We made several stops along the way to help cool the dogs down. The warm spring temperatures are a dramatic change to the -30 degree temperatures only three weeks ago! Each time the dogs would dive into the snow banks, and push their faces into it. Their panting faces were obviously smiling. It was a beautiful and great day to be a dog or a driver. I did my best to capture their doggy-grins and the excitement of the day. I hope you enjoy!
Dome and Sooner take a quick break under the bluebird conditions. With the warm temps, I’m sure there is an advantage to being a white dog!
The following series of George captures his antics as he cools down in the snow. He looks like one happy pooch!
George cools down and gives me the big eye while straining against his tug line.
George grins for the camera.
Maybe my favorite picture of the day! I love the faces of George and Hera in this shot. Happy Dogs!
Hard to beat the scenery when while on break!
A wider view of the surrounding area and dog team. Such a wonderful day!
Leaning back and taking a picture of the action as we head along the trail!
As I stood at the start-line of the Iditarod in Fairbanks it occurred to me that we, the crowd, were all having the same experience. Each of us attended the start-line to see 78 mushers set out to tackle the “Great Last Race”, which was beginning in Fairbanks for only the 2nd time in the race’s 43 year history. Our fingers, toes and nose were all going numb from -3 degree temps, the same orange fence separated us from the teams in “the chute”, and many of the same looking,gloved hands were getting into our shots attempting to capture the moment. Not only were we having the same physical experience, but we recorded it in similar ways. Hundreds of cameras, phones, and TV crews captured the racers from every possible angle and moment. Each image owner would go home or on air to syndicate their message to friends and family. They would all be reporting on the dogs as athletes (a very true statement), the goals of the mushers, the logistics of a changed trail, and snow conditions. So what could I do that would be unique?
I stopped staring through my camera’s viewfinder and focused on the moment I was in. I watched the cheering people, barking dogs, loaded sleds, and lined up cars. My observations of them are unique, much more so than any photo I could capture that day. There were many stories to tell as I looked around; these are my unique observations of the Iditarod start.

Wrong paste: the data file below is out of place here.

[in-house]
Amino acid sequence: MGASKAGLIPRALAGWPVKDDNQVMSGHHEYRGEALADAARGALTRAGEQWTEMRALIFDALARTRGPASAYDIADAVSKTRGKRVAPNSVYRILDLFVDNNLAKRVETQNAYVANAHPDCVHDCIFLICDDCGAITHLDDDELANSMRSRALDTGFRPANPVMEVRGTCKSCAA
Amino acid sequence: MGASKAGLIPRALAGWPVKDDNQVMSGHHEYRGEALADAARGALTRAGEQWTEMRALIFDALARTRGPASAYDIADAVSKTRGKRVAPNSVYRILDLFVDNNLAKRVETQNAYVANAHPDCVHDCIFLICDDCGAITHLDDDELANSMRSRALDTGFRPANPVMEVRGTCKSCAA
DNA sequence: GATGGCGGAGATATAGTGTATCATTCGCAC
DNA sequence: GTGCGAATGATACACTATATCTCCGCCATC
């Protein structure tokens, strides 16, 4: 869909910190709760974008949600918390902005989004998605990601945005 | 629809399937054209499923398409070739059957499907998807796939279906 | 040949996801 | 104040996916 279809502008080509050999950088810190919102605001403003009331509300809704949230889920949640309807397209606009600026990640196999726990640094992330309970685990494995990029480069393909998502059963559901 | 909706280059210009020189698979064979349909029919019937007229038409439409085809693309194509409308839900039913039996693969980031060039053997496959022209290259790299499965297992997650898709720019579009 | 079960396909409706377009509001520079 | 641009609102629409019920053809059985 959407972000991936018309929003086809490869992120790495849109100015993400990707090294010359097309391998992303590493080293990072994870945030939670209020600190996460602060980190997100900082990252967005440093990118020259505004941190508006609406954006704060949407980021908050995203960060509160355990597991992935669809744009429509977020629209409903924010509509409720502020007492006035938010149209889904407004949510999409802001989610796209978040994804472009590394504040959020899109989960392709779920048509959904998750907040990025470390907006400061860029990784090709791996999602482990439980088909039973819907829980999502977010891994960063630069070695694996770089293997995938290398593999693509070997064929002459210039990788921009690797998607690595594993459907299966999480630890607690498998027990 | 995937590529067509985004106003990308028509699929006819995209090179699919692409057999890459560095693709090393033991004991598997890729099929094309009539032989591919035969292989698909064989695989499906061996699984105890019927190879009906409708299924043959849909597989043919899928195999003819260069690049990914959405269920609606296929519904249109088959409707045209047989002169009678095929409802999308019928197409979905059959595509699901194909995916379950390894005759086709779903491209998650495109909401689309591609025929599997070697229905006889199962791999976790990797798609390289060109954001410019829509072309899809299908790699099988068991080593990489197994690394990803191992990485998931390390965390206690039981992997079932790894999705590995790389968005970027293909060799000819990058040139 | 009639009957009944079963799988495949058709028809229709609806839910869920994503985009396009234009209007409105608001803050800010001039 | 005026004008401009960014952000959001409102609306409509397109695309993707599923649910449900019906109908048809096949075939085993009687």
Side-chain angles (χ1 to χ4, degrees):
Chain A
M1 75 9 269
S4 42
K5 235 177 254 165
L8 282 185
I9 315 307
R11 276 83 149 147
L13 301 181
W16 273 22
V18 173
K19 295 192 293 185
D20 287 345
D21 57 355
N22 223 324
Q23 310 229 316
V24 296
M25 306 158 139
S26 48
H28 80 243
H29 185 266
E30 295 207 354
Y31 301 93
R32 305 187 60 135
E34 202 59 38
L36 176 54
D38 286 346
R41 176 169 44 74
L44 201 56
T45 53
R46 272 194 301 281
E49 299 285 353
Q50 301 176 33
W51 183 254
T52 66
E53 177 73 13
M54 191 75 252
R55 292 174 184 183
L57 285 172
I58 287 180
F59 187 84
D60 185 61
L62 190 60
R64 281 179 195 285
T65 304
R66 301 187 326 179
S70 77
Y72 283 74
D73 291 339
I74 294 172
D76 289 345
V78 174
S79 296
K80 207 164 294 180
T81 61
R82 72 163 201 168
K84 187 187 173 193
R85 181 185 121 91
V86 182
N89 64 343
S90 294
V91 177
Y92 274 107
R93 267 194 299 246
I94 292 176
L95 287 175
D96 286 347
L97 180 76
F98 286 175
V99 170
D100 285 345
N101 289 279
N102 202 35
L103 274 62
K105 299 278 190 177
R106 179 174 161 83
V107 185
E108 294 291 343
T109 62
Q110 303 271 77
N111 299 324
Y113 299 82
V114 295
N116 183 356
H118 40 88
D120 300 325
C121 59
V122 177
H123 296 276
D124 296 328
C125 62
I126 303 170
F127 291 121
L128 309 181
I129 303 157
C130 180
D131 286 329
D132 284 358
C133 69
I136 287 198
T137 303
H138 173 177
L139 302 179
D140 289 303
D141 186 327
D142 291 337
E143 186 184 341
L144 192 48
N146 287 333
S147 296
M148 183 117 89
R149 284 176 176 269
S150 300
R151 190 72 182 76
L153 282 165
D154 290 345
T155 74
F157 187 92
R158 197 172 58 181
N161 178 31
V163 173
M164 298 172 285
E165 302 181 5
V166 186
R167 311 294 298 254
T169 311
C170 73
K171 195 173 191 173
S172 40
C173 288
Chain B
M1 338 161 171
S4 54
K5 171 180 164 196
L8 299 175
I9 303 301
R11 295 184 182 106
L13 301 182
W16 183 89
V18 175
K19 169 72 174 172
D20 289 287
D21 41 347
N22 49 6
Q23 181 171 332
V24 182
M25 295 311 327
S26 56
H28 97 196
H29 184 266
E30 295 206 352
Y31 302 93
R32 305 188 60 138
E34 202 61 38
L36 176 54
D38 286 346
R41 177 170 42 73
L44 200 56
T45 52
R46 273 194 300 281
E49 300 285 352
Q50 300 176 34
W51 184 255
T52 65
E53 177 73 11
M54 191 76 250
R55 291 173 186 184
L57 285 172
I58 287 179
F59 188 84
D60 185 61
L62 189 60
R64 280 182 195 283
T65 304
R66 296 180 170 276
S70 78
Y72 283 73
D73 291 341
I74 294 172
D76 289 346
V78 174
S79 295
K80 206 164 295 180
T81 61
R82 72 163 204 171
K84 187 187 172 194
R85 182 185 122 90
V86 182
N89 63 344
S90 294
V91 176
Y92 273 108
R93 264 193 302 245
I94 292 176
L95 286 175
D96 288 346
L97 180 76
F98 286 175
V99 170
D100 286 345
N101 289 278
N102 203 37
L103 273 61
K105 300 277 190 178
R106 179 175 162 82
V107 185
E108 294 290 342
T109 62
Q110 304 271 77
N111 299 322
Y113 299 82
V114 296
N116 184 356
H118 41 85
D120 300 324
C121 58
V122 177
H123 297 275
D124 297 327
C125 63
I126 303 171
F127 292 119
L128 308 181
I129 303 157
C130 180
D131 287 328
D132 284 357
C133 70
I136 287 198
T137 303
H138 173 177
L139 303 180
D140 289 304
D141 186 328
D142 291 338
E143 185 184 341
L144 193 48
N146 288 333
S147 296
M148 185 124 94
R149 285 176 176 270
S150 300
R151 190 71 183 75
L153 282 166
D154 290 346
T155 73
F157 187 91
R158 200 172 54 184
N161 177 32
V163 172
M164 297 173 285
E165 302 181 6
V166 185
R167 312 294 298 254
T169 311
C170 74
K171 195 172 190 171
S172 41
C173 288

Mushers are a diverse group of people, and the Iditarod attracts mushers from across the world and cultures. During the morning, the only time the expectant audience got to meet the musher was as they approached the starting line. All of the mushers had their team brought through the “chute” by a group of handlers. The chute is the equivalent of a sports team dashing through a tunnel behind their mascot. As they passed through, some of the mushers wanted to incite the crowds. One of these goofballs was the “Mortician” (when not running the Iditarod he runs a funeral home) who raised his hands asking for cheers. He was certainly enjoying the moment! Others were stoic and seemed to be thinking of the race ahead as they stared at the lead dogs. However, regardless of personality, if you were lucky enough to make eye contact with the driver and grin, every musher would surly give you a smile a nod back. If they heard your cheers of “Good Luck!”, they would reply with a grateful, “thank-you”. Mushers, it seems to me, are the salt of the land and are just generally good people.
The dogs are excited to run. Very, very excited! Their bays reverberated off the surround areas in gruff, whining, or rapid tone. This year’s Iditarod had 78 mushing teams. A team is composed of 16 dogs, meaning there are 1248 dogs minimum at the race! If all of the teams made it to Nome, the dogs would have accumulated 1,216,800 miles total over the 975 mile course. The Arctic Circle is 10,975 miles in circumference meaning in “dog miles” they would run around the whole Arctic Circle 110 times – such an incredible feat! One of the greatest focuses of the race is the celebration of the dogs as athletes. Although the endurance and mental fortitude of the racers is paramount, the ability for the dogs to get through the race is what determines if a musher makes it to Nome!
Observers get a great opportunity to see the excitement of the dogs as they are brought out by 10 – 12 handlers with leads clipped to the gang-line. There were several times that the dogs were able to topple the teams of handlers with their eager bursts forward, it was in those moment I realized just how POWERFUL a full team of dogs is!! If the dogs felt they had to chance to run they took it, and a 16 dog team is like a wrecking ball that has just been released. It is pretty hard to stop, and gains momentum fast! I can only imagine the thrill of taking off from the starting gate like a drag racer under the strain of a fresh team!
On the Atmosphere